“No matter if the kids are taught about proper nutrition or not, if there's a vending machine there, they'll use it. How many school age kids do you know, given a choice between an apple & a candy bar will choose the apple if not pushed by a parent? Most kids don't make wise eating decisions. After all, they're going to live forever so why worry about what they eat now. That can wait until they're old. Probably about 30, in their opinion!”




    A final note, if we may, about the ongoing discussion we’ve had this week about the growing boycott of French foods, and the associated socio-political issues that it has brought up, ranging from what we call our French fries to whether or not we listen to the Dixie Chicks (who made some politically incorrect remarks about President Bush and are paying the price in terms of their immediate popularity).

    We love discussions like these, and this one clearly took on a life of its own. One the one hand, the discussion got a little political, even for us, but we felt a responsibility to guide it and fairly represent the varying opinions without stifling it or telling you all what you are and are not allowed to talk about. We hope that one of the things that makes MNB unique is the fact that together we’ve created an online community; the evidence would suggest that many of you view MNB as your site, not just ours.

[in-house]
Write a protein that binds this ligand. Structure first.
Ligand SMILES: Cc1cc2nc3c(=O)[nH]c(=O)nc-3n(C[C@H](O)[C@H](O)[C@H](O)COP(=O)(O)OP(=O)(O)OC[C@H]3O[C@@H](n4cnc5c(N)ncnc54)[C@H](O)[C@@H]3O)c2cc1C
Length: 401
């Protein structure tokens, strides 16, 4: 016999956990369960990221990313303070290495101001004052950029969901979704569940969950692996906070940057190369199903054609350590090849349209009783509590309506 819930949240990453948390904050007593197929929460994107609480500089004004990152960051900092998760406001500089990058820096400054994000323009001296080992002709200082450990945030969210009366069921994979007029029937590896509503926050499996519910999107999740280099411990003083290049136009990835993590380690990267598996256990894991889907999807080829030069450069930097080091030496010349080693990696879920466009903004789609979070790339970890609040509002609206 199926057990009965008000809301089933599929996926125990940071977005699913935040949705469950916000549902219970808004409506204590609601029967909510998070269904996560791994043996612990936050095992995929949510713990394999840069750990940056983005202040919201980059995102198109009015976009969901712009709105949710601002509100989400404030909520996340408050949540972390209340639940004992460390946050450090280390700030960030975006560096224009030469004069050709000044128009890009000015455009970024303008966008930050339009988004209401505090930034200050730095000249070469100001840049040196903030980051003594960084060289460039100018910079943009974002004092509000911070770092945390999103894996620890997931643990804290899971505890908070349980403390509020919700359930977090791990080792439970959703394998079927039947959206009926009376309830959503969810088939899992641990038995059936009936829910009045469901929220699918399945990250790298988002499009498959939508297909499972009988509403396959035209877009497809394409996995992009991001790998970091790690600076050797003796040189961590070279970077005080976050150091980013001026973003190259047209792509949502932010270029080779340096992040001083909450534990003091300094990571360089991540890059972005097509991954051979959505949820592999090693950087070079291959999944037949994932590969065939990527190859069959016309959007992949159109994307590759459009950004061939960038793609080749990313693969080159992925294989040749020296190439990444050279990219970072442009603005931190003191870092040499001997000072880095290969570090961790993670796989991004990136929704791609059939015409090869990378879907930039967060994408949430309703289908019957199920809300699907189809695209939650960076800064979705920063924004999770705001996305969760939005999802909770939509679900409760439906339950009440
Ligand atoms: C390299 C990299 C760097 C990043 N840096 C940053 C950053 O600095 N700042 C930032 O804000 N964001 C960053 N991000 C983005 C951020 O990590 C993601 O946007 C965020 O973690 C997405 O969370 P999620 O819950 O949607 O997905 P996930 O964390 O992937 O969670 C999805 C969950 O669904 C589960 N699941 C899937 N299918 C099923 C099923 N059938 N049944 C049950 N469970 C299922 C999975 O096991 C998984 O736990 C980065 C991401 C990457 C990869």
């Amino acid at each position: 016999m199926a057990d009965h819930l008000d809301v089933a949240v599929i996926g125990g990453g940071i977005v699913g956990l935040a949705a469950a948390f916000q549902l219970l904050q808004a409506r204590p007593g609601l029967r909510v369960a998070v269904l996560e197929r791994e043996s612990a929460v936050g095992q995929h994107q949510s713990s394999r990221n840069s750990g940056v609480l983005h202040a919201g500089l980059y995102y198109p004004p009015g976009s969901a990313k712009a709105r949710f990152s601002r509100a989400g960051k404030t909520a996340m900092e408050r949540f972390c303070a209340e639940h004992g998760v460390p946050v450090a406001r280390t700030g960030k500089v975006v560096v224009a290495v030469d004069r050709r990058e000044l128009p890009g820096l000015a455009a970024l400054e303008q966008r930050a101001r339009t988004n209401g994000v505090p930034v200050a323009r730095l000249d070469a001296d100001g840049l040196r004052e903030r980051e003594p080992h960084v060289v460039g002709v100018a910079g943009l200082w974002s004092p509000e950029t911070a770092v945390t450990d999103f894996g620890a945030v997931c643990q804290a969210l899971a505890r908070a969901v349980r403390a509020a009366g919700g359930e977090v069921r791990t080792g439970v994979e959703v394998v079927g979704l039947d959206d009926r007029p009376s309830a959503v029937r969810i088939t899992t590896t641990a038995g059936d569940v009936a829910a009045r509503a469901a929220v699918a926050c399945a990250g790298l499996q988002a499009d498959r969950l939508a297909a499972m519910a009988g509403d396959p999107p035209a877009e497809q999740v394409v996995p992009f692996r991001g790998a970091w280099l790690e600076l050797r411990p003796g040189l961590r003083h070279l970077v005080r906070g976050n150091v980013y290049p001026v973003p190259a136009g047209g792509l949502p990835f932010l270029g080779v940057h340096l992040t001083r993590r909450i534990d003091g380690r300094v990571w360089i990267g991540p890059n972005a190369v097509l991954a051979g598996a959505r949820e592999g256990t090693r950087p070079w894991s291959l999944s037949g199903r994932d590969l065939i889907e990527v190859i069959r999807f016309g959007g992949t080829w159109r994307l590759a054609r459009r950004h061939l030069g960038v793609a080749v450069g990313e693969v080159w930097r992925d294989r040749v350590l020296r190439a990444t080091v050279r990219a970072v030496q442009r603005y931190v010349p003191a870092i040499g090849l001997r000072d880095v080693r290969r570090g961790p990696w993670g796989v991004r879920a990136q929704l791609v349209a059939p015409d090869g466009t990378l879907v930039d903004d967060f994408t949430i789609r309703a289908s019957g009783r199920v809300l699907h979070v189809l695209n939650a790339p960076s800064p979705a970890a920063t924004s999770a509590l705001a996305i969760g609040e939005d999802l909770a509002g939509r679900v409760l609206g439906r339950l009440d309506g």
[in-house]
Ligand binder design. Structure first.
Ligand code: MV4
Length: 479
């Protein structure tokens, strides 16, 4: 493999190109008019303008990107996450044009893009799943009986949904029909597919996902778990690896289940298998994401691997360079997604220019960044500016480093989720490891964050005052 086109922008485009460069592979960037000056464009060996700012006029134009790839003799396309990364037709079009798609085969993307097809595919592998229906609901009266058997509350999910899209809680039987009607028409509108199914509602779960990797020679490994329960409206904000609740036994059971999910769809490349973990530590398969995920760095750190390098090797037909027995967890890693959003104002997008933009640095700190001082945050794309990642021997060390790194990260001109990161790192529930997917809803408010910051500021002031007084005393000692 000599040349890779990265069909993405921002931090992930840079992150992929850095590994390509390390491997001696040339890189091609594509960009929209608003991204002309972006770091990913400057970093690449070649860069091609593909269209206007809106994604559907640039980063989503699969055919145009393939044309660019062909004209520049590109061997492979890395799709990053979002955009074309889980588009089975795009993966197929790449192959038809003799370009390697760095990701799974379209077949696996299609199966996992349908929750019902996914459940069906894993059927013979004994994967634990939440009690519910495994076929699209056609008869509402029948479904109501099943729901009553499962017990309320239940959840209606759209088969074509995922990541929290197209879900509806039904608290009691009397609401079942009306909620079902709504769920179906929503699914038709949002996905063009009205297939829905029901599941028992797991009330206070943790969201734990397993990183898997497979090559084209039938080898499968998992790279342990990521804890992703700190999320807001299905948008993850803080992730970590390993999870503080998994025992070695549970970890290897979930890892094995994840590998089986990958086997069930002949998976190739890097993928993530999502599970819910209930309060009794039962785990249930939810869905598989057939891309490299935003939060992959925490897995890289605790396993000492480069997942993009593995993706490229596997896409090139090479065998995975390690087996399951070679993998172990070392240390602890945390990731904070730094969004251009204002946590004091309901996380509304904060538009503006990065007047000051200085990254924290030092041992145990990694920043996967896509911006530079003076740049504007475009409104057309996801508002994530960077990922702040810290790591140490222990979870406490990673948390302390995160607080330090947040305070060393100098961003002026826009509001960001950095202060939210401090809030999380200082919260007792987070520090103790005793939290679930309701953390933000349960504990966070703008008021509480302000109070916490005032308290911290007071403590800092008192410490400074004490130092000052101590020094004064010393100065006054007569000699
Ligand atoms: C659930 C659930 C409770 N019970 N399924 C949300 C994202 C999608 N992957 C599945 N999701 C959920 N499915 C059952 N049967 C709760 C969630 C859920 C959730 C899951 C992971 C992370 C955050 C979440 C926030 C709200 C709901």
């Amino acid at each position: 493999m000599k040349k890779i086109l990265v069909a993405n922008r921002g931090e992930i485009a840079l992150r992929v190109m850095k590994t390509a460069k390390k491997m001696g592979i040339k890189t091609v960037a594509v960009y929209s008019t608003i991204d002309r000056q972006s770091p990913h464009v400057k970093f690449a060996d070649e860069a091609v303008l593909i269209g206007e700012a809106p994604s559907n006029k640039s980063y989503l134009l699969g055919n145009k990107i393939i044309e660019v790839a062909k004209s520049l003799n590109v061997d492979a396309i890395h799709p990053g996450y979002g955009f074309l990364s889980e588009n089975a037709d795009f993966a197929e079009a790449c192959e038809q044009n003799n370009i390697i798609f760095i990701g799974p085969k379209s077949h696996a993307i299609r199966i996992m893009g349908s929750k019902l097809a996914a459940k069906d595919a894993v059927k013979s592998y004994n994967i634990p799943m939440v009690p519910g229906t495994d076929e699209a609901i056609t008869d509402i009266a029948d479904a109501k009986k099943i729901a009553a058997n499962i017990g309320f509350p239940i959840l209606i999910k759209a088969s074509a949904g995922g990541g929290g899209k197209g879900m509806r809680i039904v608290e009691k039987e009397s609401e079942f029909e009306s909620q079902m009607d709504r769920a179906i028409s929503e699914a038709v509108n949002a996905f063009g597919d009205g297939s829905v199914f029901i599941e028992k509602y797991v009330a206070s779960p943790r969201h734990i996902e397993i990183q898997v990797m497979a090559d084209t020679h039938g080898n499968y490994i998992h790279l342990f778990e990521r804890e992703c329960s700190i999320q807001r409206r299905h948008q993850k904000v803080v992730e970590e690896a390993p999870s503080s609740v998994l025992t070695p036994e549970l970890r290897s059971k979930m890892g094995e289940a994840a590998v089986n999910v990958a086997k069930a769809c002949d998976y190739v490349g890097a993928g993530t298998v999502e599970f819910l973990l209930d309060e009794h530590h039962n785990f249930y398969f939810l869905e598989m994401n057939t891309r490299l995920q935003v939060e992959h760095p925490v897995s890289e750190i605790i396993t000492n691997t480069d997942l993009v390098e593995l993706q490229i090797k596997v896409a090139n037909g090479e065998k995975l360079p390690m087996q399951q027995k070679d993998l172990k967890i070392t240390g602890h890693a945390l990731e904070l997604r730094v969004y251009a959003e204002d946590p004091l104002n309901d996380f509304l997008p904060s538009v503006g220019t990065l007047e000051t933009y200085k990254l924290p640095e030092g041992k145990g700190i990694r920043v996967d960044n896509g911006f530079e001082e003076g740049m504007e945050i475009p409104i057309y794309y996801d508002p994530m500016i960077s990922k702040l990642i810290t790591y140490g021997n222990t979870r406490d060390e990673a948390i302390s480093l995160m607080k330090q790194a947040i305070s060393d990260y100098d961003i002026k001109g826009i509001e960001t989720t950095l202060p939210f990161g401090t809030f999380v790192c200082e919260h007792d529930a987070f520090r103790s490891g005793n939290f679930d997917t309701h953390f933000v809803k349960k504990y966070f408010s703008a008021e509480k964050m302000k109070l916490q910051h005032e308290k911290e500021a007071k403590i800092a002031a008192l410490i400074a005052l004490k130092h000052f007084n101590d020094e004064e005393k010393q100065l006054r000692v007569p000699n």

(In the time since MNB was launched, we’ve had great discussions about industry issues, major league baseball, movies, books and even shared recommendations about restaurants, beer and wine. That’s called diversity…and we love it.)

    This past week has generated strong usership numbers, site traffic, new subscriptions and a record amount of email...all of which is good, we think, and nothing to be afraid of.

    We just wanted to say thank you for your involvement and your passion, especially to those of you who wrote yesterday saying that you agreed with our comment that the ultimate and most radical form of expression is to vote.

    Your emails, however, did make us think. And we got curious about something, and checked it out…

    Just FYI…

    Did you know that, according to the French National Institute of Statistics, in the first round of voting in the last presidential election in France almost 73 percent of eligible voters cast ballots? And that in the second and final round, 81 percent of those eligible voted?

    In the last US presidential election, of course, 51 percent of voters cast ballots, which actually was up from 49 percent in 1996.

    Just something to think about…

    See you tomorrow.
    KC's View: